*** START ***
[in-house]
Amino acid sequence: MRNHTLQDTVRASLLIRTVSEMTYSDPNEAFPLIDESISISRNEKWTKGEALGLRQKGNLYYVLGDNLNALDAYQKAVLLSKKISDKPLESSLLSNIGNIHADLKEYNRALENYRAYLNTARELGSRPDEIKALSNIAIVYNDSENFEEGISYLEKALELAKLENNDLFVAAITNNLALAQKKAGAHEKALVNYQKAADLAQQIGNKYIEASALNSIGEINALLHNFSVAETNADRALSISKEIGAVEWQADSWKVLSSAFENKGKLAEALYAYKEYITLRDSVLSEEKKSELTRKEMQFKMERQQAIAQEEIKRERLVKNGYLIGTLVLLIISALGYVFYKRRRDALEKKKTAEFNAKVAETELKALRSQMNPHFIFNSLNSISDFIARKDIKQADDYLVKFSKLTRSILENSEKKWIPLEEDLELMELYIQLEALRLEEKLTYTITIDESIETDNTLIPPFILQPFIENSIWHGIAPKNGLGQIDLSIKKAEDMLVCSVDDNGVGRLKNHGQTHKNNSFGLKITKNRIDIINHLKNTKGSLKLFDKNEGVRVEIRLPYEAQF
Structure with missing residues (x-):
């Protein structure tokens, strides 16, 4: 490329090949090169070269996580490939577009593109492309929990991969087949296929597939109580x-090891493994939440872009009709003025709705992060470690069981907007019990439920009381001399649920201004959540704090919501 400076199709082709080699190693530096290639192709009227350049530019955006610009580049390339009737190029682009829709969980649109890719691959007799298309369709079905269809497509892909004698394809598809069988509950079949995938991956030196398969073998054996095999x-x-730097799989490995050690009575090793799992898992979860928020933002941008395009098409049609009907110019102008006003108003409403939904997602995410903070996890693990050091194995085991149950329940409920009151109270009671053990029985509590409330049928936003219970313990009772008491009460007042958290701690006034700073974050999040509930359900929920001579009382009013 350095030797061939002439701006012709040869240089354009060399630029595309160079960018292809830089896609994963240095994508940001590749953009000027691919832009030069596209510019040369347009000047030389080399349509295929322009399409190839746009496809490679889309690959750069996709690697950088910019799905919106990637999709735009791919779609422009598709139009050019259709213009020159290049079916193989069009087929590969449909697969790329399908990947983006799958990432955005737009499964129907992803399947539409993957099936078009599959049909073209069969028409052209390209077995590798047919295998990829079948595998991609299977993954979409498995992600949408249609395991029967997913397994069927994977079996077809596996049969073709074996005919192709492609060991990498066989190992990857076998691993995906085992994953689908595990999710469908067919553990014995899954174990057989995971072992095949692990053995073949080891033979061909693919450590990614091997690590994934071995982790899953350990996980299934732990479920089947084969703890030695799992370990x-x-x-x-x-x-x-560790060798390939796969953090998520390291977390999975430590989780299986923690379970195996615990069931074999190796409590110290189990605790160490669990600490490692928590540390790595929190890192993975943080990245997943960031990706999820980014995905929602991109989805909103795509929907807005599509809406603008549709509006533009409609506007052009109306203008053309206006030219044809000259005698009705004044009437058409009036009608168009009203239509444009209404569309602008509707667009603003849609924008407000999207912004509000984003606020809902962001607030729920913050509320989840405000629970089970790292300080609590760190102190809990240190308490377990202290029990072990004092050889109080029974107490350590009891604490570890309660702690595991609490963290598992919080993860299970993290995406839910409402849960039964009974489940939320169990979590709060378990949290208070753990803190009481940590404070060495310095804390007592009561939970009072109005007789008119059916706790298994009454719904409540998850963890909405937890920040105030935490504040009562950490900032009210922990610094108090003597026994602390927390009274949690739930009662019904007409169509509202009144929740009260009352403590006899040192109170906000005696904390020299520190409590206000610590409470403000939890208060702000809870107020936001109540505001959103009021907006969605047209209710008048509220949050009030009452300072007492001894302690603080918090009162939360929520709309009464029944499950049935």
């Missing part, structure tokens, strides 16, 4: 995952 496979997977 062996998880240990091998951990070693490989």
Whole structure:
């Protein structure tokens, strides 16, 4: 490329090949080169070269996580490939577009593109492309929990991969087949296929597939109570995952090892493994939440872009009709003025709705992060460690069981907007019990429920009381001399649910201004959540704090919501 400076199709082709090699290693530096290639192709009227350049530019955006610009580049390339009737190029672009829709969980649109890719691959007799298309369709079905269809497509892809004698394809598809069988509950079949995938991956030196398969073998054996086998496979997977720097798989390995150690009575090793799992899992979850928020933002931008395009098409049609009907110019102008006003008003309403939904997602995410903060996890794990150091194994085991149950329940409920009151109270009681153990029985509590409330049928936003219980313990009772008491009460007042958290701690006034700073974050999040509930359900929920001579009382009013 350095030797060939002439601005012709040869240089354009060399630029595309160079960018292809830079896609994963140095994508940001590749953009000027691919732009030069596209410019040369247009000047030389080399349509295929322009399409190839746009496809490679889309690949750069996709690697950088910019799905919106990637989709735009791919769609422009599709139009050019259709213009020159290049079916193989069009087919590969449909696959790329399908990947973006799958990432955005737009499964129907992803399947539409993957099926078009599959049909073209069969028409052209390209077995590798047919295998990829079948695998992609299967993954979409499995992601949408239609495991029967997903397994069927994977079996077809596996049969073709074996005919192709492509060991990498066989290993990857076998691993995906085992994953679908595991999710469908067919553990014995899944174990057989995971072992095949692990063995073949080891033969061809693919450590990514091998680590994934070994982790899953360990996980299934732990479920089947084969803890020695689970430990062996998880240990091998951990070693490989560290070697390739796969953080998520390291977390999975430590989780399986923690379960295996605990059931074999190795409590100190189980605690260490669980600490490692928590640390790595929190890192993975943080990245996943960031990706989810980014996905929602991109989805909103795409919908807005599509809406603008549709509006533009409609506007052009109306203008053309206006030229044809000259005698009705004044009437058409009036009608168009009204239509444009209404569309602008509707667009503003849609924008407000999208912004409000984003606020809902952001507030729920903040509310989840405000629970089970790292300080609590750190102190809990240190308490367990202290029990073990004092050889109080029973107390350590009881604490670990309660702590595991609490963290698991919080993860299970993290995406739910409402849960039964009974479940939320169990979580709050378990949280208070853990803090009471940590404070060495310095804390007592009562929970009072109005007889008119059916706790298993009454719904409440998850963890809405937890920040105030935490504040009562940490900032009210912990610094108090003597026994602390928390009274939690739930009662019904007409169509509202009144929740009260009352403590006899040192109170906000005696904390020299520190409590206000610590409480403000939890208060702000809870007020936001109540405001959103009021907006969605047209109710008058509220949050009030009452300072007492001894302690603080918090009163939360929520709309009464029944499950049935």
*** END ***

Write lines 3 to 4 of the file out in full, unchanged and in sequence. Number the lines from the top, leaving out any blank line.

Structure with missing residues (x-):
């Protein structure tokens, strides 16, 4: 490329090949090169070269996580490939577009593109492309929990991969087949296929597939109580x-090891493994939440872009009709003025709705992060470690069981907007019990439920009381001399649920201004959540704090919501 400076199709082709080699190693530096290639192709009227350049530019955006610009580049390339009737190029682009829709969980649109890719691959007799298309369709079905269809497509892909004698394809598809069988509950079949995938991956030196398969073998054996095999x-x-730097799989490995050690009575090793799992898992979860928020933002941008395009098409049609009907110019102008006003108003409403939904997602995410903070996890693990050091194995085991149950329940409920009151109270009671053990029985509590409330049928936003219970313990009772008491009460007042958290701690006034700073974050999040509930359900929920001579009382009013 350095030797061939002439701006012709040869240089354009060399630029595309160079960018292809830089896609994963240095994508940001590749953009000027691919832009030069596209510019040369347009000047030389080399349509295929322009399409190839746009496809490679889309690959750069996709690697950088910019799905919106990637999709735009791919779609422009598709139009050019259709213009020159290049079916193989069009087929590969449909697969790329399908990947983006799958990432955005737009499964129907992803399947539409993957099936078009599959049909073209069969028409052209390209077995590798047919295998990829079948595998991609299977993954979409498995992600949408249609395991029967997913397994069927994977079996077809596996049969073709074996005919192709492609060991990498066989190992990857076998691993995906085992994953689908595990999710469908067919553990014995899954174990057989995971072992095949692990053995073949080891033979061909693919450590990614091997690590994934071995982790899953350990996980299934732990479920089947084969703890030695799992370990x-x-x-x-x-x-x-560790060798390939796969953090998520390291977390999975430590989780299986923690379970195996615990069931074999190796409590110290189990605790160490669990600490490692928590540390790595929190890192993975943080990245997943960031990706999820980014995905929602991109989805909103795509929907807005599509809406603008549709509006533009409609506007052009109306203008053309206006030219044809000259005698009705004044009437058409009036009608168009009203239509444009209404569309602008509707667009603003849609924008407000999207912004509000984003606020809902962001607030729920913050509320989840405000629970089970790292300080609590760190102190809990240190308490377990202290029990072990004092050889109080029974107490350590009891604490570890309660702690595991609490963290598992919080993860299970993290995406839910409402849960039964009974489940939320169990979590709060378990949290208070753990803190009481940590404070060495310095804390007592009561939970009072109005007789008119059916706790298994009454719904409540998850963890909405937890920040105030935490504040009562950490900032009210922990610094108090003597026994602390927390009274949690739930009662019904007409169509509202009144929740009260009352403590006899040192109170906000005696904390020299520190409590206000610590409470403000939890208060702000809870107020936001109540505001959103009021907006969605047209209710008048509220949050009030009452300072007492001894302690603080918090009162939360929520709309009464029944499950049935």